2021 proved a difficult year for meal kit subscription companies, with consumers’ return to lives away from home counteracting the boost they saw during quarantine. Now, after a period of difficulty, New York City-based meal kit company Blue Apron might be coming out of the woods.
For one thing, the company has more capital at its disposal. A week ago (May 2), the company announced that it had received a $ 70.5 million capital infusion in the form of investments and refinancing.
Related news: Blue Apron Announces $ 70M in Investments, Refinancing
Blue Apron President and CEO Linda Findley spoke with PYMNTS in an interview following the release of company first-quarter 2022 results Monday (May 9) about how these new funds are helping the company shift its focus from short-term measures to long-term growth .
“We were a capital-constrained business and we needed to, I would say, aggressively catch up from a competitive standpoint when it came to our product set, and so that’s what we’ve been doing the last two and a half years – really focusing on driving revenue per customer, orders per customer, and AOV, ”she said. “With the capital raise that we did in the fall, and of course now we’ve got additional capital that came into the business earlier this week, we now have the flexibility and the ability to lean into marketing and start growing customers on top of those strong key customer engagement levels. ”
The Walmart Boost
Also Monday, the company announced the launch of a Blue Apron storefront on Walmart.com selling meal kits that can be purchased piecemeal rather than as part of a regular subscription. The move follows a similar launch in December 2021, when the company announced a partnership with Amazon to order Blue Apron meal kits (also without a subscription) by voice via Alexa-enabled devices.
“This is a model that we plan to continue to expand where we can have that continued benefit of using our existing facilities, our existing pricing power and being able to reach a much broader audience because Walmart.com has millions of monthly active users,” Findley said.
Certainly, working with Walmart gives the company access to a huge portion of all US consumers. In fact, research from PYMNTS ‘January study Decoding Customer Affinity: The Customer Loyalty to Merchants Survey 2022, created in collaboration with Toshiba Global Commerce Solutionswhich featured the results of a census-balanced survey of more than 2,000 US consumers in late fall 2021, found that 28% of all shoppers had purchased groceries from the retailer in the previous 30 days.
Get the full report: Decoding Consumer Affinity: The Customer Loyalty To Merchants Survey 2022
“We’ll always have a subscription at our core and our customers who use our subscription service find it incredibly convenient,” said Findley, “but there’s a huge portion of the population that really loves the concept of meal kits… but does not necessarily want to be locked into a subscription. ”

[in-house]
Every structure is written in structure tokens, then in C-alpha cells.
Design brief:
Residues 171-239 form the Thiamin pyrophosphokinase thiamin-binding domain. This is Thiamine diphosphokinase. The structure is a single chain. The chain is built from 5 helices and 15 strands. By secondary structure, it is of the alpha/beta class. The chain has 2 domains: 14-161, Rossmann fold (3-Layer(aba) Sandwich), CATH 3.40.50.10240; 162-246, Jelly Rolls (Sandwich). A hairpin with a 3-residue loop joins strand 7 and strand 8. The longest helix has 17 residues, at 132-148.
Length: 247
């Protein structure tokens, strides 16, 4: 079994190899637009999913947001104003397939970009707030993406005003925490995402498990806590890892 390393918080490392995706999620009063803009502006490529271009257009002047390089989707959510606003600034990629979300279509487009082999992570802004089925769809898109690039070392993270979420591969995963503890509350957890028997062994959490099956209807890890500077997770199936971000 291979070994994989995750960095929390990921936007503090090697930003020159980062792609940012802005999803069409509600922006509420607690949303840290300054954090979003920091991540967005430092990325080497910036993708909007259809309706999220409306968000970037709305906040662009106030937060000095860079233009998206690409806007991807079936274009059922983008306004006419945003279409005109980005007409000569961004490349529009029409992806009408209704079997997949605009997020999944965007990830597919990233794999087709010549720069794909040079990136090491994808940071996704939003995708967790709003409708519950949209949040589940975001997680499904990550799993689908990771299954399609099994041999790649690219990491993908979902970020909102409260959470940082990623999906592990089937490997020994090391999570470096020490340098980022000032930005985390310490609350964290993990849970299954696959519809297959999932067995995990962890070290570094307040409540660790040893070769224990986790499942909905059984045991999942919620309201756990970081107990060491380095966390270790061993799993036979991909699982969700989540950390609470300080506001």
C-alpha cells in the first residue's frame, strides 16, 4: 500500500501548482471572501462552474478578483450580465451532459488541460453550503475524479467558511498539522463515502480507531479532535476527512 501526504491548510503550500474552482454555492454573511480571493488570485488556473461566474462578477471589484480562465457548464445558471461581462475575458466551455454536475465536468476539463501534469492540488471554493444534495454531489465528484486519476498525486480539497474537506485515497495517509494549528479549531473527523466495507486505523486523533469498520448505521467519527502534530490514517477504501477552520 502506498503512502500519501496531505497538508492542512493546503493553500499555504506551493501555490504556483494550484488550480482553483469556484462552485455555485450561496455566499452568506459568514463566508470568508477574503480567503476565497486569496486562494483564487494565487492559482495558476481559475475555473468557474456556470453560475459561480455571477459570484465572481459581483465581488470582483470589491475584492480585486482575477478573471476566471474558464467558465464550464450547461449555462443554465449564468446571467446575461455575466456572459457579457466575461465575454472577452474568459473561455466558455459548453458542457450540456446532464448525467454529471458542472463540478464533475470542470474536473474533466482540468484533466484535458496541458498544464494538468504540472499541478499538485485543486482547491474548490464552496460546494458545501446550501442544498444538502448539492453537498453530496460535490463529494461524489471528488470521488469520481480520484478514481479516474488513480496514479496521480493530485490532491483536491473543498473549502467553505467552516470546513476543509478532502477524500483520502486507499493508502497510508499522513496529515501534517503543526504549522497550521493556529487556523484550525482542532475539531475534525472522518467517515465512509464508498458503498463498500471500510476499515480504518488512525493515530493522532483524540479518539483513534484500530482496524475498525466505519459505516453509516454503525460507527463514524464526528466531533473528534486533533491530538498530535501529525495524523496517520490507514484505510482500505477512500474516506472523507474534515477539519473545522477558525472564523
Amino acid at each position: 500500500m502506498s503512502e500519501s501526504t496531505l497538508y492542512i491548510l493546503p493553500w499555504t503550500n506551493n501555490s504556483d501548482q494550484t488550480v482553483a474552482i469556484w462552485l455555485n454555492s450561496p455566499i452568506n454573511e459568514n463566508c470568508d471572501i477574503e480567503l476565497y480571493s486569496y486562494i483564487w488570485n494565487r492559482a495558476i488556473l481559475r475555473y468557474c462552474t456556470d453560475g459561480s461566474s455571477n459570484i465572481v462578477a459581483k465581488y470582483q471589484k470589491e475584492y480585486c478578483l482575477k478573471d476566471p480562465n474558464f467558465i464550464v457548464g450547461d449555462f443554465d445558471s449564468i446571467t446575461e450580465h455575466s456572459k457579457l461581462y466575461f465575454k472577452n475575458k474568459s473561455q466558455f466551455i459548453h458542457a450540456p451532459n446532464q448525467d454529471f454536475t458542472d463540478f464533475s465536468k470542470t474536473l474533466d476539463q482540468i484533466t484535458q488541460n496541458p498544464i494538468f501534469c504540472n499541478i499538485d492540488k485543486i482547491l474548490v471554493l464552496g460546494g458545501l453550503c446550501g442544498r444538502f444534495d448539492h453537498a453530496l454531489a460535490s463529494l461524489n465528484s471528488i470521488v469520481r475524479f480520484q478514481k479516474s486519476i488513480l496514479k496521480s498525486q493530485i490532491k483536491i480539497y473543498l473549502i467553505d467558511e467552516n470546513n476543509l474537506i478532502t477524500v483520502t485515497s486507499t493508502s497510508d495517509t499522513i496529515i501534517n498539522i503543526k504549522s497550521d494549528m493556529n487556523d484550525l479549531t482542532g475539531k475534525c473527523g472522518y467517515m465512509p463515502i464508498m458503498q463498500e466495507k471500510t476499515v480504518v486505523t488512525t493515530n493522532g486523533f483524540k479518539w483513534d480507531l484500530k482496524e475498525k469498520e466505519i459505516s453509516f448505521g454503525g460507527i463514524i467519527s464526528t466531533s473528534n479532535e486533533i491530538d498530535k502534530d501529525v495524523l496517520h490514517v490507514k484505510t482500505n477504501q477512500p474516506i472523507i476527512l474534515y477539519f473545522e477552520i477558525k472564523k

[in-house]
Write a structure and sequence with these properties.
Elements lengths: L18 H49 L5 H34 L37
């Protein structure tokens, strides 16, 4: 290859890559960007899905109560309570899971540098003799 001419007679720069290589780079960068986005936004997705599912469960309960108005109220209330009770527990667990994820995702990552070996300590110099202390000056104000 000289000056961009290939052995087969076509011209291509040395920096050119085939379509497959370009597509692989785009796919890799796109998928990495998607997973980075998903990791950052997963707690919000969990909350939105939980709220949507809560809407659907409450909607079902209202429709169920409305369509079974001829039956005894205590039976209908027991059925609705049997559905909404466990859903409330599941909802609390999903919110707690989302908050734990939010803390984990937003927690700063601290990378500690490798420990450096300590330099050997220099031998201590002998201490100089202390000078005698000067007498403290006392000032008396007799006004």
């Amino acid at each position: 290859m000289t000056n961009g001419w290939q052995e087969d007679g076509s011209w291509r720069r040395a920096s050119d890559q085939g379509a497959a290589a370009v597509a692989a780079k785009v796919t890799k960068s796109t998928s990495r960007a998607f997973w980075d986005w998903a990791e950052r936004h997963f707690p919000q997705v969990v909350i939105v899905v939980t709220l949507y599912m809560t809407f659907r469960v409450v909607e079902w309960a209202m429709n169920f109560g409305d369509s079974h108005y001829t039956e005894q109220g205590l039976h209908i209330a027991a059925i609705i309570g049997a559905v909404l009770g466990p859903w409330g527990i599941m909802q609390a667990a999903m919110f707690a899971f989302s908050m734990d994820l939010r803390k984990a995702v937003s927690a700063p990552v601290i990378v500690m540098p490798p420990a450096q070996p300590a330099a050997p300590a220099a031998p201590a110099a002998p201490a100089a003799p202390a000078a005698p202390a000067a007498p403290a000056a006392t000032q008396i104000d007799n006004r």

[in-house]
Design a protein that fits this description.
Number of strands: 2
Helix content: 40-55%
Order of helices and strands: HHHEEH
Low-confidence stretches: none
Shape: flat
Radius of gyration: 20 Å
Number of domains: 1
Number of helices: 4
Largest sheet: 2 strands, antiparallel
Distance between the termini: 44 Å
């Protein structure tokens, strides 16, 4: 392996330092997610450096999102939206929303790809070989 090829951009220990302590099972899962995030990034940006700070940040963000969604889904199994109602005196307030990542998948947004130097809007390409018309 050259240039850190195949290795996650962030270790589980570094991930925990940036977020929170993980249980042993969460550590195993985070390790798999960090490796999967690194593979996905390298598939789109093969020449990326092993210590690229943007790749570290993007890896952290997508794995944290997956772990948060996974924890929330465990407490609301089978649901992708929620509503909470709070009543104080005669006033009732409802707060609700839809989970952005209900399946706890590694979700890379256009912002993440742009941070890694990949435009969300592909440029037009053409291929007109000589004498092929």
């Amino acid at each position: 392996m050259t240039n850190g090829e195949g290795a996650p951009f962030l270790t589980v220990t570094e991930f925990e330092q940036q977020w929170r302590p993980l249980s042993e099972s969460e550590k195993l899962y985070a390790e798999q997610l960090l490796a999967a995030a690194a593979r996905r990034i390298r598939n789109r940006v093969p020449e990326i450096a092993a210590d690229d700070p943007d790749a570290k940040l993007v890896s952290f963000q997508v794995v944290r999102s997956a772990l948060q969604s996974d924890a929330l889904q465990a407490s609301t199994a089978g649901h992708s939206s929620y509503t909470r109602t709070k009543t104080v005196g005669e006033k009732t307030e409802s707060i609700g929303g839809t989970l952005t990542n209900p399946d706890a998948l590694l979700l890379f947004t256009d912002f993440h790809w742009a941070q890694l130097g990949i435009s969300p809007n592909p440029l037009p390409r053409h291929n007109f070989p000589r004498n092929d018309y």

The Price Is Right
While meal kits have a reputation for being pricier than other at-home cooking options, Findley argues that inflation could actually work in Blue Apron’s favor.
According to her, Blue Apron research finds that, for the quality of the company ingredients, even with recent price changes, its meal kits are actually a lower-cost option than either grocery shopping or ordering from a restaurant. The company works directly with suppliers, which, Findley states, allows it to keep prices lower than if it were going through intermediaries.
See also: Blue Apron CEO: Shortening the Supply Chain Can Boost Meal Kit Profitability
“That’s proven to be very successful for us, and we continue to manage our costs so that we don’t have to put that burden on the customer,” she said.
An April news release regarding the latest data from the US Bureau of Labor Statistics (BLS) Consumer Price Index (CPI) showed that in March, food away from home (ie, grocery) prices increased 1.5% over February and 10% year over year . Additionally, food away from home (ie, restaurant) prices increased 0.3% over February and 6.9% over 2021.
Cooks in the Kitchen
Findley argued that, in the past few years, the qualities that consumers are looking for in a meal kit have changed. Where once the model was seen as a way to get food needs met more conveniently, eliminating a few trips to the grocery store, now consumers are looking to the category both to reduce food waste and to be exposed to novel ways of cooking, she said .
Granted, Blue Apron is still making some moves toward convenience, adding 15-minute breakfast recipes and add-on prepared meals. Still, Findley said many consumers are also looking to use meal kits go deeper into their home cooking routines.
“We call it the Blue Apron plus one, which is… something that unlocks that discovery part of your brain, that creative part of your brain which is such an important part of day-to-day life,” she said. “That part, I think is incredibly valuable to people.”